This tip is the second in a three-part series on remote server management. Read the third tip on best practices for remote server management. You can also read part one about exploring remote server management options.
Remote server administration tools give IT professionals the ability manage data centers without actually being there. However, remote server monitoring–as with any technology–has limitations that should not be overlooked. This tip explains what criteria to consider when selecting remote server administration tools, and offers suggestions for how to best utilize those tools in a data center.
Options for remote server tools
Latency remains a significant issue, and any connectivity problems between the servers and administrator can make remote management slow or even impossible. Yet experts generally agree that the various technologies used for remote server management are relatively mature and robust today. Tools can often provide warnings and alerts that allow administrators to take action before a server failure actually occurs. But confidence in the overall state of remote server administration toolsis where the agreement ends. The actual choice of tools can be contentious.
For example, some experts prefer software tools like Remote Desktop Protocol in Windows for basic server maintenance tasks. Other experts say that integrated solutions like HP Integrated Lights-Out (iLO) and Dell Remote Access Controller (DRAC) cards may be better because they’re bundled with their respective servers and covered under the servers’ warranty. Still, others opt for third-party remote server administration tools because of their ability to gather and present a broader perspective of the remote environment. Similarly, KVM over IP can be a powerful management platform regardless of the operating system or data center environment, but it may not be appropriate for every situation.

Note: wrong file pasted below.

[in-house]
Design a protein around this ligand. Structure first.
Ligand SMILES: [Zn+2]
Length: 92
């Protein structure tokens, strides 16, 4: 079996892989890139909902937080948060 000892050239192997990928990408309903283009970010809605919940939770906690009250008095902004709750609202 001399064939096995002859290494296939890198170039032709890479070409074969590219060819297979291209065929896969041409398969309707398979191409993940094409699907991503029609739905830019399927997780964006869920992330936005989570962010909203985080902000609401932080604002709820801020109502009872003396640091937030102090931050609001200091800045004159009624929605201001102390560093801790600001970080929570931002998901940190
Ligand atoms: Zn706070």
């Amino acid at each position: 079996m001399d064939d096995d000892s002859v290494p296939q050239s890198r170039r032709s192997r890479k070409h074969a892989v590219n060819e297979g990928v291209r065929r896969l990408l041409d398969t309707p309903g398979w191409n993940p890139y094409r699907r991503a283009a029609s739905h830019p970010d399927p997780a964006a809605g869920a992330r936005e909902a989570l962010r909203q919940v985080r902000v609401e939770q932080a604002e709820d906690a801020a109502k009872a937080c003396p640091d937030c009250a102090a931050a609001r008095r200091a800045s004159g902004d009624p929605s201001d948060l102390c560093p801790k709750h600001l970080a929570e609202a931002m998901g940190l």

The choice of management tools is really minor. The bigger problems with remote server management are actually attributed to people and their response times rather than technology. “Anytime you’re dealing with something that you can’t walk up to and touch, you’re at the mercy of other people,” said Ian Parker, senior Web services administrator for Thomson-Reuters, a business intelligence company based in Ann Arbor, Mich. Other people’s schedules, differing work priorities and lapses in interpersonal communication can make delays in response time seem more frustrating or painful than they might actually be, added Parker.
In many cases, sound policies and measurable procedures can help to minimize skewed perceptions and ensure that on-site personnel address server issues in a timely manner. If remote service is provided by a third party, chances are that the service contract or service-level agreement already incorporates a well defined escalation path and measurable response time windows.
Perhaps the biggest gap in remote server management technologies is in automation. For example, Parker said that many of his remote servers experience extended idle time during off-peak hours. Better automation support from remote server administration tools might allow organizations to migrate more idle VMs onto fewer physical hosts, power down the additional physical servers during idle hours and then power up those servers and reallocate the VMs in preparation of peak demand hours. Parker said the idea is there, but more development is needed in that aspect of remote server management products.
This was first published in August 2011